Medieval manuscripts blog

Bringing our medieval manuscripts to life

11 November 2013

An Imperial Psalter

One of our latest uploads to the Digitised Manuscripts website is this exquisite copy of the Psalms which dates from the middle of the ninth century and takes its name from Lothar I, the grandson of Charlemagne and successor to half of his kingdom.


Binding of the Lothar Psalter with a large silver-gilt medallion showing a head in profile wearing a crown or helmet; it is believed to be from the 9th century and may represent the Emperor Lothar, Add MS 37768, upper binding

Following a prayer in gold and red on the opening folios is a full page portrait of the Emperor Lothar wearing a cloak decorated with precious stones. On the page opposite is a dedicatory poem to Lothar written throughout in gold capitals.


Full-page miniature of the Emperor Lothar, from the Lothar Psalter, Germany (Aachen), c. 840-855, Add MS 37768, f. 4r

Following the miniature of Lothar - and in the same style - are portraits of King David and St Jerome, whose translation of the Bible into Latin was the standard version used throughout Christendom in the Middle Ages.  Here Jerome is shown holding a book with a jewelled cover, perhaps representing a copy of his translation.


Full-page miniature of St Jerome, from the Lothar Psalter, Germany (Aachen), c. 840-855, Add MS 37768, f. 6r

The artist or artists responsible for the Psalter deliberately portrayed Lothar in the company of two of the most important religious leaders of the past, who represent power and knowledge. This manuscript was produced either at the imperial court of Aachen or by the monks of the abbey of St Martin, Tours, who made a series of exquisite books for the Imperial family, and was clearly a luxurious production.  Every word in the entire manuscript is written in gold, and every tenth Psalm opens with a full-page ornamented initial in the Franco-Saxon style.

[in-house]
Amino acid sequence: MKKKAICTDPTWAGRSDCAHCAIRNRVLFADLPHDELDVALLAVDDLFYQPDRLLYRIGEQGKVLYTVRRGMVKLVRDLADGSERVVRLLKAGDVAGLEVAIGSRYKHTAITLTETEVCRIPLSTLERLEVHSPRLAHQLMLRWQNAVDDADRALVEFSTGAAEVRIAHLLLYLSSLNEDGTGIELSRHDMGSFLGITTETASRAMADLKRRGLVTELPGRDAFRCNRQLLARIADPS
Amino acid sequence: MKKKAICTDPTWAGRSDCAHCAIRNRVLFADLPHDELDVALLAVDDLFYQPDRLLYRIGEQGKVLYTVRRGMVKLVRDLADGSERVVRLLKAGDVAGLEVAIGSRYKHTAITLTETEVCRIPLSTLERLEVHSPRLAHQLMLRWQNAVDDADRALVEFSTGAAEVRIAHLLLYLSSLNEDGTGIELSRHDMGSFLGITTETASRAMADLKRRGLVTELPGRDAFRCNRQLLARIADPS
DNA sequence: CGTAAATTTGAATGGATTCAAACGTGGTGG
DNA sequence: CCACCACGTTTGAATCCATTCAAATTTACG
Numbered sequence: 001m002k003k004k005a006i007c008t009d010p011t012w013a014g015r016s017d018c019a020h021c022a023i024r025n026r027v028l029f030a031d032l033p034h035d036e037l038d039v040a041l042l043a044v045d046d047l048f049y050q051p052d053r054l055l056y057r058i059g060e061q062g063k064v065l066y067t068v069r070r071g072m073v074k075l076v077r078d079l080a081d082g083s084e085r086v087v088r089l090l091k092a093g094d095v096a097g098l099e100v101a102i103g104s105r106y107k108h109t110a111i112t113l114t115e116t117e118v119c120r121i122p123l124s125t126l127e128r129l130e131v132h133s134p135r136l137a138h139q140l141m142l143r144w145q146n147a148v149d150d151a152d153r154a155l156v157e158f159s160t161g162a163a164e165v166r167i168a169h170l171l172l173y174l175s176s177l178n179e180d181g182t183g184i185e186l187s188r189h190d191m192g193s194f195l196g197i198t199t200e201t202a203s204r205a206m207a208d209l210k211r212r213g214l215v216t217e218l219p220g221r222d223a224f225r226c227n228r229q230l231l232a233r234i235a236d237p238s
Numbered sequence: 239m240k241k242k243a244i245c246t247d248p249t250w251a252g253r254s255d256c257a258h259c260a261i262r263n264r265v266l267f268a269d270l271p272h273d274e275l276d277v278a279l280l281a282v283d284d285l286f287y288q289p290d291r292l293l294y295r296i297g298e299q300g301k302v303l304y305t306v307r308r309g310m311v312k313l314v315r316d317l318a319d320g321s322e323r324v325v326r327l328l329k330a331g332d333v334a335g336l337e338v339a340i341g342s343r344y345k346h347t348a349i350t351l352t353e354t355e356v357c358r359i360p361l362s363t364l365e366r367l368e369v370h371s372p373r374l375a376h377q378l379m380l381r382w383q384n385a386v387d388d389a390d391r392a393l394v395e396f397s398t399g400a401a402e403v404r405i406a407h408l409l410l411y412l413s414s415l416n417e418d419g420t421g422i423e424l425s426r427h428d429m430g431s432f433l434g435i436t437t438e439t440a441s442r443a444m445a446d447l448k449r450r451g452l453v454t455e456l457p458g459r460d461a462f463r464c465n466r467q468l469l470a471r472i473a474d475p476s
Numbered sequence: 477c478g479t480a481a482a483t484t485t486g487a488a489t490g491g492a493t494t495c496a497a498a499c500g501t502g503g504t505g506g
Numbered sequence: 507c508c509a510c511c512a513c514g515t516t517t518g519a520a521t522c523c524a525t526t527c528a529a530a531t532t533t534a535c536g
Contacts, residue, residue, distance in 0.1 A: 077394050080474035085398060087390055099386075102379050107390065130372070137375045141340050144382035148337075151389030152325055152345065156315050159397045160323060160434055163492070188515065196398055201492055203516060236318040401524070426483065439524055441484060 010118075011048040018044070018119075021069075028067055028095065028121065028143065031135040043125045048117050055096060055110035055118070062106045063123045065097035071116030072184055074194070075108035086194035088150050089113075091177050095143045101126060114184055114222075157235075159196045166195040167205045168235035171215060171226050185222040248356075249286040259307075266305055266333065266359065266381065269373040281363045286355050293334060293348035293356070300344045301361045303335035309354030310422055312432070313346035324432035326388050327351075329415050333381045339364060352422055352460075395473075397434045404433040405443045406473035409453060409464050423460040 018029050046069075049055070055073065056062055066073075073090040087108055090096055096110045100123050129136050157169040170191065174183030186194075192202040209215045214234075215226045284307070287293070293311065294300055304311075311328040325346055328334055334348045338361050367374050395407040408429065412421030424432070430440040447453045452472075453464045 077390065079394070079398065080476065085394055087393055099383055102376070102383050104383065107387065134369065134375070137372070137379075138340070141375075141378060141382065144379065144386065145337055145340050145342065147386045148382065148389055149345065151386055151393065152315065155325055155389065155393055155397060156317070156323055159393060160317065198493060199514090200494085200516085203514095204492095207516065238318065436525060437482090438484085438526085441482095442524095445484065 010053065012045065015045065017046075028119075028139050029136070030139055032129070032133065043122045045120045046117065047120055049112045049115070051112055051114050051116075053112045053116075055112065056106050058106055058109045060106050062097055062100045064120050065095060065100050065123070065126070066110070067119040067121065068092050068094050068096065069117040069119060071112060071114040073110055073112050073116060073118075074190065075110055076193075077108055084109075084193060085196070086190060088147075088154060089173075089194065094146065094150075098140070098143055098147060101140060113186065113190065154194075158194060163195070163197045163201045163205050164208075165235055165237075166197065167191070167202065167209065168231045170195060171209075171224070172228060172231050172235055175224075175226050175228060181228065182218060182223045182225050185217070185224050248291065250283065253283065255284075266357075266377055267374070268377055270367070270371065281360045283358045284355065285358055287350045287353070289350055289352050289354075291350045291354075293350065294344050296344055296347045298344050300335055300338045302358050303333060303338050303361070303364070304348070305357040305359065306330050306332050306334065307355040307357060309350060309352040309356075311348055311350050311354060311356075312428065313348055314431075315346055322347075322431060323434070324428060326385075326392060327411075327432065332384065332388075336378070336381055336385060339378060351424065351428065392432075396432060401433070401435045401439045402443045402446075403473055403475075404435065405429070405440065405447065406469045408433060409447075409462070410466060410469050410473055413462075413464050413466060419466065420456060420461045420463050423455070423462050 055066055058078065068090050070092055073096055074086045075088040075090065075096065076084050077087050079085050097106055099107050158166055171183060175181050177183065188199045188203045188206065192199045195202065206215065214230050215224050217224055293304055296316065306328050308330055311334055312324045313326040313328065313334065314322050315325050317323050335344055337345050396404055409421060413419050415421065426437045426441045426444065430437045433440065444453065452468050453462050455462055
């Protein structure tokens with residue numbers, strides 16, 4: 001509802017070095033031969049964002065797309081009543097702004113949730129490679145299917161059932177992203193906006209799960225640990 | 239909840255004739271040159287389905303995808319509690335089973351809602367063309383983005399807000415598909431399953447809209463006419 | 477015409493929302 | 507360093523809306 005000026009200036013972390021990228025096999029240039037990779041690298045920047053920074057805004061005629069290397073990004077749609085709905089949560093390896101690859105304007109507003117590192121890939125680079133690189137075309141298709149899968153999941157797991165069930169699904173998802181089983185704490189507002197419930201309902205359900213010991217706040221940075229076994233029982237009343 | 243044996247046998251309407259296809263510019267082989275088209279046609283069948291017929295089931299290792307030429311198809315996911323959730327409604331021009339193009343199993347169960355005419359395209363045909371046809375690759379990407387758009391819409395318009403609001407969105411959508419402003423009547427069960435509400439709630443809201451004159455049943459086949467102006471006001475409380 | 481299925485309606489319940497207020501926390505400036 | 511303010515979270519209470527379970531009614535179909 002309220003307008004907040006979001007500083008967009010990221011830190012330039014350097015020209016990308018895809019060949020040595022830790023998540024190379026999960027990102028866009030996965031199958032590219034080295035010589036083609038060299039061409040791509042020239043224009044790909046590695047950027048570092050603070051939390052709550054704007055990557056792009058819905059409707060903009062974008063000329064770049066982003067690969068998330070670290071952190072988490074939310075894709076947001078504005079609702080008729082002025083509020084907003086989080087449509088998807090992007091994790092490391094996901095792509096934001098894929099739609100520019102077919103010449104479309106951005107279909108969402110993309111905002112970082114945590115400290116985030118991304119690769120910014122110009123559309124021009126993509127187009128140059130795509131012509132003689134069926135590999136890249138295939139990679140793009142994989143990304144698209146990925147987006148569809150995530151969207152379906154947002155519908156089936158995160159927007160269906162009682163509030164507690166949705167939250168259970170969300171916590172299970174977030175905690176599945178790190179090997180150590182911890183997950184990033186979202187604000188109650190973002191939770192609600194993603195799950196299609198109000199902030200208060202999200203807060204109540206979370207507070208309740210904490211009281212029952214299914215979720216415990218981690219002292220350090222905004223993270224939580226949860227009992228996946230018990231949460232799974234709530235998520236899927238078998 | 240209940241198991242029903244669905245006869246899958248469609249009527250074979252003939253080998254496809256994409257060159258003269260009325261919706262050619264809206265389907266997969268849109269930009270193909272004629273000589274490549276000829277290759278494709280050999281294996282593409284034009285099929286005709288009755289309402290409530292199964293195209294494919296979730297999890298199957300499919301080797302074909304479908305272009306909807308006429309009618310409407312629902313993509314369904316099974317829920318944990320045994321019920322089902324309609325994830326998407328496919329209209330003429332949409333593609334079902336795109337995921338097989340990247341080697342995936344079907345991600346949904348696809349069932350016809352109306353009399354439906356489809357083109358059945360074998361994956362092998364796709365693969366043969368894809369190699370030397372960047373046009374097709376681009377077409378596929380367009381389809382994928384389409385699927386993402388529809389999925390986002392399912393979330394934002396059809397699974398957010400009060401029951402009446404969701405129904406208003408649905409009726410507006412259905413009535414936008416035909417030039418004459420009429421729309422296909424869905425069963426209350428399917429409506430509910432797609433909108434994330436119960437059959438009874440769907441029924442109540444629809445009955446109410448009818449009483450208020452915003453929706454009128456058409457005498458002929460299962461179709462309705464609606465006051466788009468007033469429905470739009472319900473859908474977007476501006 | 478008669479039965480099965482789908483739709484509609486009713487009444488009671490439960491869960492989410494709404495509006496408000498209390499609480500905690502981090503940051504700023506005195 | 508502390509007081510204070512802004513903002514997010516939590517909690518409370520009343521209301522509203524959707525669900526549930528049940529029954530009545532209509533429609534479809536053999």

Decorated initial 'B'(eatus vir) (Blessed is the man) at the beginning of Psalm 1, from the Lothar Psalter, Germany (Aachen), c. 840-855, Add MS 37768, f. 9r

This initial is followed by folio after folio of beautiful Carolingian script, punctuated by finely decorated initials in green, red and gold.


Text page from the Psalms, from the Lothar Psalter, Germany (Aachen), c. 840-855, Add MS 37768, f. 11r

This was no doubt a prized family possession, as the opening prayer is believed to have been composed by a sister or daughter of Lothar.  It was passed on to the Abbey of St Hubert near Liège and is believed to have been stolen from the abbey in the eleventh century.  Fortunately it was eventually recovered, and was rescued during the French Revolution by Dom Etienne, a monk of St Hubert.  There is no record of how it came to England, but it was owned by Sir Thomas Brooke of Huddersfield, who bequeathed it to the British Museum in 1908.


Decorated initial 'Q'(uem ammodum) at the beginning of Psalm 41, from the Lothar Psalter, Germany (Aachen), c. 840-855, Add MS 37768, f. 45v

- Chantry Westwell


The comments to this entry are closed.